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  1. We investigate knowledge retrieval with multi-modal queries, i.e. queries containing information split across image and text inputs, a challenging task that differs from previous work on cross-modal retrieval. We curate a new dataset called ReMuQ for benchmarking progress on this task. ReMuQ requires a system to retrieve knowledge from a large corpus by integrating contents from both text and image queries. We introduce a retriever model “ReViz” that can directly process input text and images to retrieve relevant knowledge in an end-to-end fashion without being dependent on intermediate modules such as object detectors or caption generators. We introduce a new pretraining task that is effective for learning knowledge retrieval with multimodal queries and also improves performance on downstream tasks. We demonstrate superior performance in retrieval on two datasets (ReMuQ and OK-VQA) under zero-shot settings as well as further improvements when finetuned on these datasets. 
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    Free, publicly-accessible full text available July 1, 2024
  2. Actions’ play a vital role in how humans interact with the world. Thus, autonomous agents that would assist us in everyday tasks also require the capability to perform ‘Reasoning about Actions & Change’ (RAC). This has been an important research direction in Artificial Intelligence (AI) in general, but the study of RAC with visual and linguistic inputs is relatively recent. The CLEVR_HYP is one such testbed for hypothetical vision-language reasoning with actions as the key focus. In this work, we propose a novel learning strategy that can improve reasoning about the effects of actions. We implement an encoder-decoder architecture to learn the representation of actions as vectors. We combine the aforementioned encoder-decoder architecture with existing modality parsers and a scene graph question answering model to evaluate our proposed system on the CLEVR_HYP dataset. We conduct thorough experiments to demonstrate the effectiveness of our proposed approach and discuss its advantages over previous baselines in terms of performance, data efficiency, and generalization capability.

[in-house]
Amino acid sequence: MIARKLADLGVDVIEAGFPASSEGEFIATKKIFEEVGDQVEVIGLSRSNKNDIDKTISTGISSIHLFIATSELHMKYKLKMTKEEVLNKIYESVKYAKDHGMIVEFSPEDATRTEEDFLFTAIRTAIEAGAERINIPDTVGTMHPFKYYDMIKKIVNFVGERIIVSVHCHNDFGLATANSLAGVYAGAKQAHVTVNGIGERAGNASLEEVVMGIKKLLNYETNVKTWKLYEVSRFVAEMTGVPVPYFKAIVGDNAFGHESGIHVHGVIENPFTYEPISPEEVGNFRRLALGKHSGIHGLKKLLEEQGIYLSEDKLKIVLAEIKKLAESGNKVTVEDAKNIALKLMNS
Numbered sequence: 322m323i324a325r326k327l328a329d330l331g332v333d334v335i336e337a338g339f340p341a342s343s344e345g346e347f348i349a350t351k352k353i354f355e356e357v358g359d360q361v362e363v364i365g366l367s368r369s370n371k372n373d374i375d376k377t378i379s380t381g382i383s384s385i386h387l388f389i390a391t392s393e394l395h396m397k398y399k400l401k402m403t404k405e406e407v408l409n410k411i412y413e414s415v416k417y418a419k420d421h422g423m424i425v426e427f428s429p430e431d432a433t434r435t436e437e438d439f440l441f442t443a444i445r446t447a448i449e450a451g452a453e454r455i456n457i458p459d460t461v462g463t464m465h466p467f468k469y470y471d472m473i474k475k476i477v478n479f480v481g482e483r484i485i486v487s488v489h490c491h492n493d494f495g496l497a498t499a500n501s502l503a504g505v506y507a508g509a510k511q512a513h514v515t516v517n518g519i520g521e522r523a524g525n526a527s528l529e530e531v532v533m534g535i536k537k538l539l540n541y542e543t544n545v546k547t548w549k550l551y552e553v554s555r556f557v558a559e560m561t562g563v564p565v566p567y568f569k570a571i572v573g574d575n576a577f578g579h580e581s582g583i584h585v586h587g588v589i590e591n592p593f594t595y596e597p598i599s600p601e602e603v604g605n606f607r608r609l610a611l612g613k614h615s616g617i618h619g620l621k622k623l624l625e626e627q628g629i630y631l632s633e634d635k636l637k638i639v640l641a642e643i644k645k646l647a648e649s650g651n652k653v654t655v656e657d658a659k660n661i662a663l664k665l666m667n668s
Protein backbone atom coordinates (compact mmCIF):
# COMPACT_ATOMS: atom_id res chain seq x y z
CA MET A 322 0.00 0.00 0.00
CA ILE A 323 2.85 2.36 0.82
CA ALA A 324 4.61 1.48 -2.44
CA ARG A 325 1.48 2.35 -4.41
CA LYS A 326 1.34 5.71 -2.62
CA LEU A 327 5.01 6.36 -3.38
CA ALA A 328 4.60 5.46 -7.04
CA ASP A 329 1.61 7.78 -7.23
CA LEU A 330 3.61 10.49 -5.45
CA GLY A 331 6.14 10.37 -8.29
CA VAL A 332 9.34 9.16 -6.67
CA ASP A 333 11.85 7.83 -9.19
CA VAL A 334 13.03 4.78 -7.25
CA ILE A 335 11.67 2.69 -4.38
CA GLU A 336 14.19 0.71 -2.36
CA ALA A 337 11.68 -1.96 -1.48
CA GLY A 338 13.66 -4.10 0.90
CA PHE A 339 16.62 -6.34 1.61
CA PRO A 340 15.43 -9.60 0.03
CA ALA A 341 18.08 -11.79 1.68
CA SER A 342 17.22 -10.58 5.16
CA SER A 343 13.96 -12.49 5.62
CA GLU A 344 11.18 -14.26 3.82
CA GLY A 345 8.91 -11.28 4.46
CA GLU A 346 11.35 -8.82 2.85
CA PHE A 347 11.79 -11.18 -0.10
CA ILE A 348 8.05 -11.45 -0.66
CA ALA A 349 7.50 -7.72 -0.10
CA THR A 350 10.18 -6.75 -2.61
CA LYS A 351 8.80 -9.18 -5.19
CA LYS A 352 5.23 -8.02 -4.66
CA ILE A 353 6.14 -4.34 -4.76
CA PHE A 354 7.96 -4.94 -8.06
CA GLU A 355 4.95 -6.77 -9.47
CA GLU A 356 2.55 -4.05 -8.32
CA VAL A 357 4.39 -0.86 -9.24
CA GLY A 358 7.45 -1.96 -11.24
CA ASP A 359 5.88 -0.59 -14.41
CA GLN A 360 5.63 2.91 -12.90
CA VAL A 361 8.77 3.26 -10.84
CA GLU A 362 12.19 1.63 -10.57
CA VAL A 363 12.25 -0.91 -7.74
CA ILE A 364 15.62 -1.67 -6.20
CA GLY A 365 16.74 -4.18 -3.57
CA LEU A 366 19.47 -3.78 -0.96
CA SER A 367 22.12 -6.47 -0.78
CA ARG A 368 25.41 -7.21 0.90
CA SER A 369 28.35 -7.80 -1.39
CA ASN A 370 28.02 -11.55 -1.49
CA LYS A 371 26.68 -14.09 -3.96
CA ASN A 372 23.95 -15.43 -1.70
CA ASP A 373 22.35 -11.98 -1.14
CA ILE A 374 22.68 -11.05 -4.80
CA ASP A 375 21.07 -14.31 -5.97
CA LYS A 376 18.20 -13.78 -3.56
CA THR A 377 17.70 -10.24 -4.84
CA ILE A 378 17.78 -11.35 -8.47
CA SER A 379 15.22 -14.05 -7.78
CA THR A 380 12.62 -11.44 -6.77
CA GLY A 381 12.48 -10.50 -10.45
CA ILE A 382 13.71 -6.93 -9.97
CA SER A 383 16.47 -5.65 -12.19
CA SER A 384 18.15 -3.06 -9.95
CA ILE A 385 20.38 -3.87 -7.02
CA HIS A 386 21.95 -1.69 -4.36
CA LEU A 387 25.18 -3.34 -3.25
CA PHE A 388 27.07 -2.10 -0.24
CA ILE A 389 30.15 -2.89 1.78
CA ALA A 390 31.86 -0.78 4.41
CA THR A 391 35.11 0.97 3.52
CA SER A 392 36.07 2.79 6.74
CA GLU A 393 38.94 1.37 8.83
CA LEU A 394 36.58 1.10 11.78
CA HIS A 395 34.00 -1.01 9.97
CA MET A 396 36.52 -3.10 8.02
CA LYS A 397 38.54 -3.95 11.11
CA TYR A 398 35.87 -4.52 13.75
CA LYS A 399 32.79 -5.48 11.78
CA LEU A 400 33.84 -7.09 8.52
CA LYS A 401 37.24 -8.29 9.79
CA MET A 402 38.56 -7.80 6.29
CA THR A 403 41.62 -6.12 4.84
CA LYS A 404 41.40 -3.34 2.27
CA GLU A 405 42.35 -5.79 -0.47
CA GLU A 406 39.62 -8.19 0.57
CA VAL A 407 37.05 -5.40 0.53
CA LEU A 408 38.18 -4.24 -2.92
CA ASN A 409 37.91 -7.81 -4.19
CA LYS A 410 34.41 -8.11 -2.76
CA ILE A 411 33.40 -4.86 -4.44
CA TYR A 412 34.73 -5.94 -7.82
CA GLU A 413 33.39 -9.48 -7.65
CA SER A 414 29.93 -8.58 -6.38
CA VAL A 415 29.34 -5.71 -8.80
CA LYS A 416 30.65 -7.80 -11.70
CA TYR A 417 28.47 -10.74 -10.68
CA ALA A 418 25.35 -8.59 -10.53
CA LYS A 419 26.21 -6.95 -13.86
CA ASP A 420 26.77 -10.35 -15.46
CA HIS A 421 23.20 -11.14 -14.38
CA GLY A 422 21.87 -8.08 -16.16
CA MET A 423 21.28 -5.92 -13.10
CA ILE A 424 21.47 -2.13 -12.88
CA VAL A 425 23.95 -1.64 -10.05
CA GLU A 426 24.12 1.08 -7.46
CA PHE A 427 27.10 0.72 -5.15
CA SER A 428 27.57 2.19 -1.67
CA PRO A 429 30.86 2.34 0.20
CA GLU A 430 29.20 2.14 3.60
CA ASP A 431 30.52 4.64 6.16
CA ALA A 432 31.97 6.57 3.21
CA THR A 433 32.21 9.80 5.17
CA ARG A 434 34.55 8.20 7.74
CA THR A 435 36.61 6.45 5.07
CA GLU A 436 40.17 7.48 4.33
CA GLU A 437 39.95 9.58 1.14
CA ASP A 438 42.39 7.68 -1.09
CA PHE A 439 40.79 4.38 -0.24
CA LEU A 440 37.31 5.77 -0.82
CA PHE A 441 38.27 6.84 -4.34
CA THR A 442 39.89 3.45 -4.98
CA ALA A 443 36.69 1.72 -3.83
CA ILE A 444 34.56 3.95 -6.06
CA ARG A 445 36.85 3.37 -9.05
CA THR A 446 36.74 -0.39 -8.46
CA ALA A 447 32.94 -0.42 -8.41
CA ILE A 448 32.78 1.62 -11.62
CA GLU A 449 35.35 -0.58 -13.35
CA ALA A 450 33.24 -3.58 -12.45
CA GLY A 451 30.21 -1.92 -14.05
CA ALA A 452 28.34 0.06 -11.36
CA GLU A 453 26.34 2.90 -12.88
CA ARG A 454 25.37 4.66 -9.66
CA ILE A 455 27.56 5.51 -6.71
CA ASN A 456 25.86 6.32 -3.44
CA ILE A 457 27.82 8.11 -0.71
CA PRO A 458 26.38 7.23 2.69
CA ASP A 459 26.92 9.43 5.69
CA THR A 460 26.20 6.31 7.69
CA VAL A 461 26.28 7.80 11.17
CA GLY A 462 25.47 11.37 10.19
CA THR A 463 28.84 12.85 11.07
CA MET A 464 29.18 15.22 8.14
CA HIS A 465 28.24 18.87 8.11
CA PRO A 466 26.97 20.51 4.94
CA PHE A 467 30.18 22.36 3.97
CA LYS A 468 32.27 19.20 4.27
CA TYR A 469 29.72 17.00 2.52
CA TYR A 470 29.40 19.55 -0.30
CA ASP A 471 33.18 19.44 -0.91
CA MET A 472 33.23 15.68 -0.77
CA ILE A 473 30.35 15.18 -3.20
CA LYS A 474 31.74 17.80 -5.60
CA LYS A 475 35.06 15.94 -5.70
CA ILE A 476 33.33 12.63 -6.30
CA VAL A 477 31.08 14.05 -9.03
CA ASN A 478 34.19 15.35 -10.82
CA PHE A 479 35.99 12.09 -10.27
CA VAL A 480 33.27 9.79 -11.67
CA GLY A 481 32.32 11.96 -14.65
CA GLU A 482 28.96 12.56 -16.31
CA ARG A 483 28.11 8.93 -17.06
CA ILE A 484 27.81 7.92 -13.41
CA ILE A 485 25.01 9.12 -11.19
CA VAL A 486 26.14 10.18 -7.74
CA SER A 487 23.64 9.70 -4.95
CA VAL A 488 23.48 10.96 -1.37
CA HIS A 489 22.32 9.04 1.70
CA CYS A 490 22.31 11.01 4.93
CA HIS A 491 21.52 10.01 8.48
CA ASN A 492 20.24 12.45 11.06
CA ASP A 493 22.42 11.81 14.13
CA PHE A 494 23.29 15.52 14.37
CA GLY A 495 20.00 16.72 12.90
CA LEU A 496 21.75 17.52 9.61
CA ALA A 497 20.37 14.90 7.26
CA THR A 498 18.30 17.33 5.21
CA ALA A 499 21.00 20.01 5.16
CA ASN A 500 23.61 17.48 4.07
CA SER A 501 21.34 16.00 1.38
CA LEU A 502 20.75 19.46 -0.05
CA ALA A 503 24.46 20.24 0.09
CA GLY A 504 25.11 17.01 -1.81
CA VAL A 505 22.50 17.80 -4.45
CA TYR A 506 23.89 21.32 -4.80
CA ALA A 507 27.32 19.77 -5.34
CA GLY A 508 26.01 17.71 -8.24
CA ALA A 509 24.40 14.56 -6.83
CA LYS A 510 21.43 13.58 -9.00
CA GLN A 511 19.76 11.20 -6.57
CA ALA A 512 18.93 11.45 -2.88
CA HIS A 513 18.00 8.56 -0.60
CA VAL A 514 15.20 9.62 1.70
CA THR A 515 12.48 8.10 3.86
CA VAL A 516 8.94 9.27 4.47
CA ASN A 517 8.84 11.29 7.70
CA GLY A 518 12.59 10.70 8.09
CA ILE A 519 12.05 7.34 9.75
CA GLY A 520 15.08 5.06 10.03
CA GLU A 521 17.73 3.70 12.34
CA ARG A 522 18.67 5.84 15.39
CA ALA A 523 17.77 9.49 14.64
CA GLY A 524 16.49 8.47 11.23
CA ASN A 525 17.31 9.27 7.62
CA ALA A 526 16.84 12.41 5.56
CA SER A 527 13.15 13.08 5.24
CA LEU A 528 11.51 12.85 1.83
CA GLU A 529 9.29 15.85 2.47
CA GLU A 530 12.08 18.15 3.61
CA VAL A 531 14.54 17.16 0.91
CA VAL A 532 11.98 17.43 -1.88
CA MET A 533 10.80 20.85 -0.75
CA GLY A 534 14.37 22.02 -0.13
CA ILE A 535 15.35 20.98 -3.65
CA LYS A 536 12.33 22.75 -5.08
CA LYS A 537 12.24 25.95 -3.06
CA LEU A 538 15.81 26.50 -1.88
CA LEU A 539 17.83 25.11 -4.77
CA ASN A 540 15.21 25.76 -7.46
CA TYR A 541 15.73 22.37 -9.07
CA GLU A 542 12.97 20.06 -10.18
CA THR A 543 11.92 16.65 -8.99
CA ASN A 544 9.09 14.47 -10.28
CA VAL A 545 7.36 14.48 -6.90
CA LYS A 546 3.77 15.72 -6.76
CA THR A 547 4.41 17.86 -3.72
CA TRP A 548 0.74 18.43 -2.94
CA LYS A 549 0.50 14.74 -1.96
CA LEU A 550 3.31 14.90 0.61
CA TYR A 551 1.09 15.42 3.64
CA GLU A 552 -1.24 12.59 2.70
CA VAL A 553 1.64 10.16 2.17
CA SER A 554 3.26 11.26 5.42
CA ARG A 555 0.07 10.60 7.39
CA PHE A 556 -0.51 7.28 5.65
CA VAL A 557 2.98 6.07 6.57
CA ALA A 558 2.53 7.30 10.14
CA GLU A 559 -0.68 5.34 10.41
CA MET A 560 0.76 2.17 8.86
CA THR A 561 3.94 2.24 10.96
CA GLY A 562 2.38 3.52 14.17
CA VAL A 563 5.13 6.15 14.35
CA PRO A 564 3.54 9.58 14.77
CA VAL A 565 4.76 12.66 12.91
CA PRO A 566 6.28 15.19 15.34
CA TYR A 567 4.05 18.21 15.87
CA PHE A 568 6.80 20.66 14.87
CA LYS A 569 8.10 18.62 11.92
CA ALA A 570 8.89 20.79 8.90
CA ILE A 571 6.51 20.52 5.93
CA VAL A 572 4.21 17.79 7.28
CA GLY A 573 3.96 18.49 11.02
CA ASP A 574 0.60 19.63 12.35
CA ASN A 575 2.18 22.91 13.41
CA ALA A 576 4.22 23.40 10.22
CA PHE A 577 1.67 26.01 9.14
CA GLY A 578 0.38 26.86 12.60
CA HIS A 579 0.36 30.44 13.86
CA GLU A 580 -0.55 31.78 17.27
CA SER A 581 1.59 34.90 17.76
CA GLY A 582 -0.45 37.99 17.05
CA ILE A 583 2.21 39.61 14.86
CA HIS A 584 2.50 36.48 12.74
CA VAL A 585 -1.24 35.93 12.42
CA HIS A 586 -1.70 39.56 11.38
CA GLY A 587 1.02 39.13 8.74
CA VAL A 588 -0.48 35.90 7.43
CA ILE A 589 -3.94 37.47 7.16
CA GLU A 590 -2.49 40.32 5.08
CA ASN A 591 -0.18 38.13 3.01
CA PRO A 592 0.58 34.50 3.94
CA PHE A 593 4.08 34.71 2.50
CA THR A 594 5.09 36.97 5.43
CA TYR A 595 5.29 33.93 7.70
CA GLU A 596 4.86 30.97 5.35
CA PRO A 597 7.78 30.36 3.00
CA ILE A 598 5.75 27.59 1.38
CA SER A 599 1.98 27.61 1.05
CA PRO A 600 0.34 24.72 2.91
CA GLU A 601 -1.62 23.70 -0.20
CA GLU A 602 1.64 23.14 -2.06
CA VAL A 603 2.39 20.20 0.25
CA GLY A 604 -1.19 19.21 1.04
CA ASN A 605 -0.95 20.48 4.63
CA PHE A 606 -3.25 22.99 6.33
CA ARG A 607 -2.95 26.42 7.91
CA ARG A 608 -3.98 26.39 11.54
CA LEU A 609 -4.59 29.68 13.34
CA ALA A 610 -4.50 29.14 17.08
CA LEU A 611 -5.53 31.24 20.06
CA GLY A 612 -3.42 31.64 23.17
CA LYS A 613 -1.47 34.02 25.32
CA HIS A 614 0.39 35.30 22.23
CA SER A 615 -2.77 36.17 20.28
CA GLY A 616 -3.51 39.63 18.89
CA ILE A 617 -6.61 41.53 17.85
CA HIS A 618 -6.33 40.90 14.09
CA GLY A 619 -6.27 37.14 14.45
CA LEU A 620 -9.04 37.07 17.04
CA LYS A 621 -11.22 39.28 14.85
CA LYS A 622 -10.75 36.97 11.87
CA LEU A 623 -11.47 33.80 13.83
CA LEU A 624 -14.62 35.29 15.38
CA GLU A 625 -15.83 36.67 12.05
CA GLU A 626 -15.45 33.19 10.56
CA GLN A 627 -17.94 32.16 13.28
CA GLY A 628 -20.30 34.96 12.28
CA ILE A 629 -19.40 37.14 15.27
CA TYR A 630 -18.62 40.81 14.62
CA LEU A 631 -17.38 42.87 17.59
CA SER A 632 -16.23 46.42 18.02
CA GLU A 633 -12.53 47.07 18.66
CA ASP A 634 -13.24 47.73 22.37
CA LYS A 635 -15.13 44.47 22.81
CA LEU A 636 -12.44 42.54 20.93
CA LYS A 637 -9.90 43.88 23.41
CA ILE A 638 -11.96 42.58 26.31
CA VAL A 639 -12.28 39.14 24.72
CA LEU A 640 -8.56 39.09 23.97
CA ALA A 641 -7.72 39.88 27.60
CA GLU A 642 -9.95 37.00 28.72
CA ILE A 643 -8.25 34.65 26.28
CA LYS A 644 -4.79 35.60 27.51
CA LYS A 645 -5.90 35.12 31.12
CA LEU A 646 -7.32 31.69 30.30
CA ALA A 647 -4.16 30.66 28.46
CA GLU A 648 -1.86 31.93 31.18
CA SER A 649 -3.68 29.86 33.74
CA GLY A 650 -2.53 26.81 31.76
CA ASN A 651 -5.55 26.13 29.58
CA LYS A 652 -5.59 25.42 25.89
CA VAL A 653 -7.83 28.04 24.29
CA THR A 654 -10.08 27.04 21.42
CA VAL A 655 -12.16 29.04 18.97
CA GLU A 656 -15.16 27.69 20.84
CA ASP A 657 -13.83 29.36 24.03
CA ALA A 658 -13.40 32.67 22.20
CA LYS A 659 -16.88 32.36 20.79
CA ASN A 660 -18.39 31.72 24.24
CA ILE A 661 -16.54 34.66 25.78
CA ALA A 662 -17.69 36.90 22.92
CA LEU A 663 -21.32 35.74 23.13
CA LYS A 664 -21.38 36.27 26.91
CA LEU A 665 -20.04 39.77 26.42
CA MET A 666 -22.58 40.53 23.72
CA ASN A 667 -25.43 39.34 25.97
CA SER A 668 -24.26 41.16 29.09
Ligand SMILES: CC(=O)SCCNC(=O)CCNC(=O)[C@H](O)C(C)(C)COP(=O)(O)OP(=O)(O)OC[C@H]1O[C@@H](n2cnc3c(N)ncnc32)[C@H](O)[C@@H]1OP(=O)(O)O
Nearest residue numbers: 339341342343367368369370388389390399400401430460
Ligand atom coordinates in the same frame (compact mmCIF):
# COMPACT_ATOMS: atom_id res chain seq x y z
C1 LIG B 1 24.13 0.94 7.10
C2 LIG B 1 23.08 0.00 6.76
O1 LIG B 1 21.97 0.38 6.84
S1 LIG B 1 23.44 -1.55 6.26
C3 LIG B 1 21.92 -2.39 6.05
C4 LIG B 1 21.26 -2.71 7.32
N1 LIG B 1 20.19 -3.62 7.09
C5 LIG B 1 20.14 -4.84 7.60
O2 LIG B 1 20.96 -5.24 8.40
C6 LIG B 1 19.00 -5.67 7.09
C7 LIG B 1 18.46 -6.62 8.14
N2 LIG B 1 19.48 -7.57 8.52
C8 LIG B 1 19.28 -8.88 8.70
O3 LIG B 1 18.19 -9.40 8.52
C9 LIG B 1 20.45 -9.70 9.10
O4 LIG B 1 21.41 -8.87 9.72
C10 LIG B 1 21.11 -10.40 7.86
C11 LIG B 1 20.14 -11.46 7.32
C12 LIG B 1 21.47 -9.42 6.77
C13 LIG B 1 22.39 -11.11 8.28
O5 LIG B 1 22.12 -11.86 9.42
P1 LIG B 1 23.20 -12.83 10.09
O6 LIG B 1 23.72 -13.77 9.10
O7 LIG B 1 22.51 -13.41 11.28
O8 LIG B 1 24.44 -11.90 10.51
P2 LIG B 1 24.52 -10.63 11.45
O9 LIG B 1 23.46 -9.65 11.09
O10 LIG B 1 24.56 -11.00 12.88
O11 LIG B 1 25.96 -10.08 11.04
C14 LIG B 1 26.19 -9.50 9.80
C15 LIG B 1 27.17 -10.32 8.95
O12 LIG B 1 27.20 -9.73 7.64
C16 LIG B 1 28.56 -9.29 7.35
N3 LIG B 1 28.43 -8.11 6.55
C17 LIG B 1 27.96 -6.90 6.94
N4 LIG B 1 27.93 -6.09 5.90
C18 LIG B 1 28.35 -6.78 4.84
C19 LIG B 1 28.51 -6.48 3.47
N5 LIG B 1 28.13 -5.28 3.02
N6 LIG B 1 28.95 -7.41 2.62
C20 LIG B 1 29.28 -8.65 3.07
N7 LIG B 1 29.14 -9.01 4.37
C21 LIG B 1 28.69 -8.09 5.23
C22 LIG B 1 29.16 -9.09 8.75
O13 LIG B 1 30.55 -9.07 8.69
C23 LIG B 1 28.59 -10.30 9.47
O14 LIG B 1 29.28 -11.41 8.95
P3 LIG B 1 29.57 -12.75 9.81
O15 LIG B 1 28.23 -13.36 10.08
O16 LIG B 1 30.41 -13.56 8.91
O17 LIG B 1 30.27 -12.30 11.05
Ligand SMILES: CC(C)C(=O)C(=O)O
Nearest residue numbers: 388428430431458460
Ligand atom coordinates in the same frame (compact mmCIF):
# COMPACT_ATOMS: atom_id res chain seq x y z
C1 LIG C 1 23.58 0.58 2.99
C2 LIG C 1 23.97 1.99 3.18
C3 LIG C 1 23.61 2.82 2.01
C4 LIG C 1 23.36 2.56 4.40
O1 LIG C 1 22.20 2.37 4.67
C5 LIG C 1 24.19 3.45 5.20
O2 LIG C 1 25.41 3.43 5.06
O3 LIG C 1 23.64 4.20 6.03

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  3. null (Ed.)
    Most existing research on visual question answering (VQA) is limited to information explicitly present in an image or a video. In this paper, we take visual understanding to a higher level where systems are challenged to answer questions that involve mentally simulating the hypothetical consequences of performing specific actions in a given scenario. Towards that end, we formulate a vision-language question answering task based on the CLEVR (Johnson et. al., 2017) dataset. We then modify the best existing VQA methods and propose baseline solvers for this task. Finally, we motivate the development of better vision-language models by providing insights about the capability of diverse architectures to perform joint reasoning over image-text modality. Our dataset setup scripts and codes will be made publicly available at 
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  4. Zong, Chengqing ; Xia, Fei ; Li, Wenjie ; Navigli, Roberto (Ed.)